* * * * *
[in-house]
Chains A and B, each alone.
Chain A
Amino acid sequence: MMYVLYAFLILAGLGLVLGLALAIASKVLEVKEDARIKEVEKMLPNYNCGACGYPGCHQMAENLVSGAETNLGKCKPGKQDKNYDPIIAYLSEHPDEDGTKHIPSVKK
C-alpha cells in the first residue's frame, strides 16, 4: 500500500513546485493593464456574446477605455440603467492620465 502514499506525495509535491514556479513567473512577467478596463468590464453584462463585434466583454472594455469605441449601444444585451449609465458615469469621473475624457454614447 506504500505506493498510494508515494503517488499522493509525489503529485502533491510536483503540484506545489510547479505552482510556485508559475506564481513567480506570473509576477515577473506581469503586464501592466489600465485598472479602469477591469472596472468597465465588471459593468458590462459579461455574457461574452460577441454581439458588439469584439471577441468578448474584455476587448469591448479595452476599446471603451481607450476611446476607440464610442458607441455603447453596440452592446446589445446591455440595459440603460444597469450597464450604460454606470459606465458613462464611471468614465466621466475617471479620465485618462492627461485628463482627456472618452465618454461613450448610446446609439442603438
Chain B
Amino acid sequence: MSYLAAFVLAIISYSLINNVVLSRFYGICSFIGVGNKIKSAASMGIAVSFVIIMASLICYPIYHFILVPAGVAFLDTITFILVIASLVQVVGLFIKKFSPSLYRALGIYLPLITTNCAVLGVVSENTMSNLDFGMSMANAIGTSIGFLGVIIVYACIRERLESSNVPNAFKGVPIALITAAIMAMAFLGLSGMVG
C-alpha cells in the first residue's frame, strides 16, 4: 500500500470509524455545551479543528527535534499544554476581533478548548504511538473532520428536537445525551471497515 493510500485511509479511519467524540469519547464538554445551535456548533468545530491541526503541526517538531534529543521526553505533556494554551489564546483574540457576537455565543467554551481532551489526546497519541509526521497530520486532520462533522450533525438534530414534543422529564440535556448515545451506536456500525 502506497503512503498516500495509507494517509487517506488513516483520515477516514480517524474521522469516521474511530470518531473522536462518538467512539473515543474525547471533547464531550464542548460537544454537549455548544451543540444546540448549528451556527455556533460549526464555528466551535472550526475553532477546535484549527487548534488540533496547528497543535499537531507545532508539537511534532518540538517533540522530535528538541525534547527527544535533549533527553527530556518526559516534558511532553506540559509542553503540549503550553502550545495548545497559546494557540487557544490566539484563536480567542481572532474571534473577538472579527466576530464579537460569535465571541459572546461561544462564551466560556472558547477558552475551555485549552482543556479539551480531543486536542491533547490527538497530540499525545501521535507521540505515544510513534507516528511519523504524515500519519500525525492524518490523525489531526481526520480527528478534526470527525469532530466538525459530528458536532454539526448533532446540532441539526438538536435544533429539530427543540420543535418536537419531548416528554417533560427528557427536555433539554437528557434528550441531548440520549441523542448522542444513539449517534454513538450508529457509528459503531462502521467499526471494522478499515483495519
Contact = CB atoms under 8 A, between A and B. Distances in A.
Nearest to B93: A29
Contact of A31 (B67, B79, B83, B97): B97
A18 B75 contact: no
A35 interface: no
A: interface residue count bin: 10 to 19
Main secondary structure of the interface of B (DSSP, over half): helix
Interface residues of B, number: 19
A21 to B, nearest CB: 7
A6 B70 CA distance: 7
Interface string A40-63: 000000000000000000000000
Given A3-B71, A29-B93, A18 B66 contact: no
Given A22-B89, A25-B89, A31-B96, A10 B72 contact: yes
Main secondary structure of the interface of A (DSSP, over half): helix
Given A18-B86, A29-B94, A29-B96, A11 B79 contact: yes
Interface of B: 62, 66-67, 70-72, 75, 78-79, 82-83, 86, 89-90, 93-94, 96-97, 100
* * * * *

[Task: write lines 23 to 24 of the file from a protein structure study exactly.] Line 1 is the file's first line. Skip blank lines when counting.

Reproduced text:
Given A18-B86, A29-B94, A29-B96, A11 B79 contact: yes
Interface of B: 62, 66-67, 70-72, 75, 78-79, 82-83, 86, 89-90, 93-94, 96-97, 100